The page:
© 2016 Shmoop University, Inc. All rights reserved.

Typical Day

Christine Combs feels herself flying smoothly above a field of delicious, plump flowers. Each is just waiting to have its nectar sucked out and its pollen attached to her fuzzy little feet. She flies above the field in two tall loops, and then plots a trajectory toward a particularly aromatic and particularly blue flower towering above its neighbors. She—


The phone startles her awake. So ends her night as a bee, and so begins her day as a beekeeper.

Christine looks at the time. It's 5:00AM. Her husband grabs her pillow from under her head and stuffs it over his own face and ears as the phone rings again. If she can catch it before it manages a third, perhaps she can win back her pillow.


The voice on the other end is unfamiliar. She sounds beleaguered and cranky—like the sort of person who has like, so much to do that she just has to start making calls before the sun comes up. "Wow," she says dismissively, "I was almost sure you weren't going to answer."

"It's five o'clock in the—"

The woman cuts her off. "I was told by animal control that you're the sort of person who'll come remove this...this...disgusting ball of bees from my silver maple? I called pest control but apparently it's illegal for them to kill swarms of bees. Have you ever heard something so ridiculous?"

"Actually it's not ridiculous. The reason—"

"So can you come or what?"

Besides her typical daily work of maintaining hives and collecting honey, Christine is sometimes (though, infrequently) called to gather swarms. Often, when bees are displaced or looking for a new home, they'll bunch up together in a nearby tree in the thousands and hold a meeting about it. 

Well, she doubts it's as formal as all that, but she likes to imagine them lining up for their turn to speak at a tiny little bee podium, holding their tiny little bee briefcases, and then discussing the pros and cons of potential hives.

"Well, yes, I suppose," Christine says. "Are you a beekeeper? Did you want that swarm for a hive of your own?"

As they say, 15,000's a crowd. (Source)

"My own? The idea is to get these 15,000 bees away from my front door, okay? My complexion is like a delicate eco system. One sting, and the whole thing falls to pieces, you understand?"

Whoever this lady is—Christine has just realized she hasn't been given so much as a name—she's pretty much the last person in the world she feels like helping. Then again, this swarm sounds like the precise size she's been looking for to kick-start that royal jelly hive. Looks like a win-win. Whether she likes it or not.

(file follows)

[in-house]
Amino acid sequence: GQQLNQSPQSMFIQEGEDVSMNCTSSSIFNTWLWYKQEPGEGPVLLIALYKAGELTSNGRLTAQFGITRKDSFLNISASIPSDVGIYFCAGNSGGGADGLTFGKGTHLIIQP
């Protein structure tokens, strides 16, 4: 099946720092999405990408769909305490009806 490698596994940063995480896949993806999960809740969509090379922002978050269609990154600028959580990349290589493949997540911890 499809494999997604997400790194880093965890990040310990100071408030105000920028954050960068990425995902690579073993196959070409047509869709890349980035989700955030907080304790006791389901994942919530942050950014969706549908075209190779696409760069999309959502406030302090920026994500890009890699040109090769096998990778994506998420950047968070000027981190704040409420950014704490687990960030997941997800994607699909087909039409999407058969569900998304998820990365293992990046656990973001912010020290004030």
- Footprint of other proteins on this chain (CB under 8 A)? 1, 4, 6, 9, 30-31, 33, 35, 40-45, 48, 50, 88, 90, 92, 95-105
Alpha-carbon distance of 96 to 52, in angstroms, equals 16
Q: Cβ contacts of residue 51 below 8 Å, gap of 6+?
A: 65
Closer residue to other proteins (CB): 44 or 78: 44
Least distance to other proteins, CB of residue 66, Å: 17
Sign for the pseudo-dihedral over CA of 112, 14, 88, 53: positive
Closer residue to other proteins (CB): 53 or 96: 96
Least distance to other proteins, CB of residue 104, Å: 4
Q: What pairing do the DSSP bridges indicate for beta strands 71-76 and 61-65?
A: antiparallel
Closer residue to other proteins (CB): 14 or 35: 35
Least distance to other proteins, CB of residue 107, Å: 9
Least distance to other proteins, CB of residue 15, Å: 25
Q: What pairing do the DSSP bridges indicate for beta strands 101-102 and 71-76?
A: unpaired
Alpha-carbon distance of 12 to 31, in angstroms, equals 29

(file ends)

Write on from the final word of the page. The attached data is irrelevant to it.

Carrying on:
Christine takes down the address and rolls out of bed. She apologizes profusely to her husband for the racket as she clips on her clunky bee suit in the closet.

She finds her swarm box in the garage. It looks sort of like a wooden vase, maybe something you'd pot a plant in. She coats the bottom of the inside with a special blend of sugar and water, then packs up the lid and loads everything into the car.

It's an hour's drive out to the property and (un?)surprisingly, the woman who called her there is standing in the driveway, looking as noticeably impatient and put-upon as possible. Her brow furrows when she sees Christine leave her car and don the helmet of her suit.

"What are you supposed to be, some kind of astronaut or something?"

"Just point me to the bees, please."

The lady whose name Christine still somehow doesn't know marches her over to the branch. Silently, she points a finger at the swarm as if Christine couldn't already hear it. With that, the woman buzzes off, finally leaving Christine and what are soon to be her new bees in peace.

During times like these, Christine is often reminded of why she decided against that discount "economy bee suit" she almost purchased last year. (Source)

Christine's task is fairly straightforward. She opens the box, and shakes the branch. Because these bees prefer to stay bunched, the group (more or less) falls as a solid piece. Fifty or so bees climb around Christine's body, though she pays them no attention—in this getup she's sting-proof. After a few moments, she watches as every single bee leaves her box and flies back to the branch. It's a strange sight, but one she's familiar with. She must have missed the queen, and bees aren't about to go anywhere without her.

She tries again, and waits patiently for everyone to collect together in the box and settle down before slowly applying the lid, a series of slats that must be installed one at a time. The whole thing takes about three hours.

It's only 11:00AM when she gets home, but she already feels like she's worked a full day. After lunch (yogurt with honey, a salad with honey, apple with honey, and tea with, well, nothing—she takes that black), she heads out to the hives and works rigorously to construct a new structure capable of handling her new wards. 

Normally, she'd have had some notice, but sometimes this is how it shakes out. She doesn't even bother collecting honey until 6:00 PM, just after the latest hive is operational.

By 9:00PM, her husband finds her in bed, already dreaming, and making soft buzzing noises in her sleep—just as she always does when she's had a good day at work.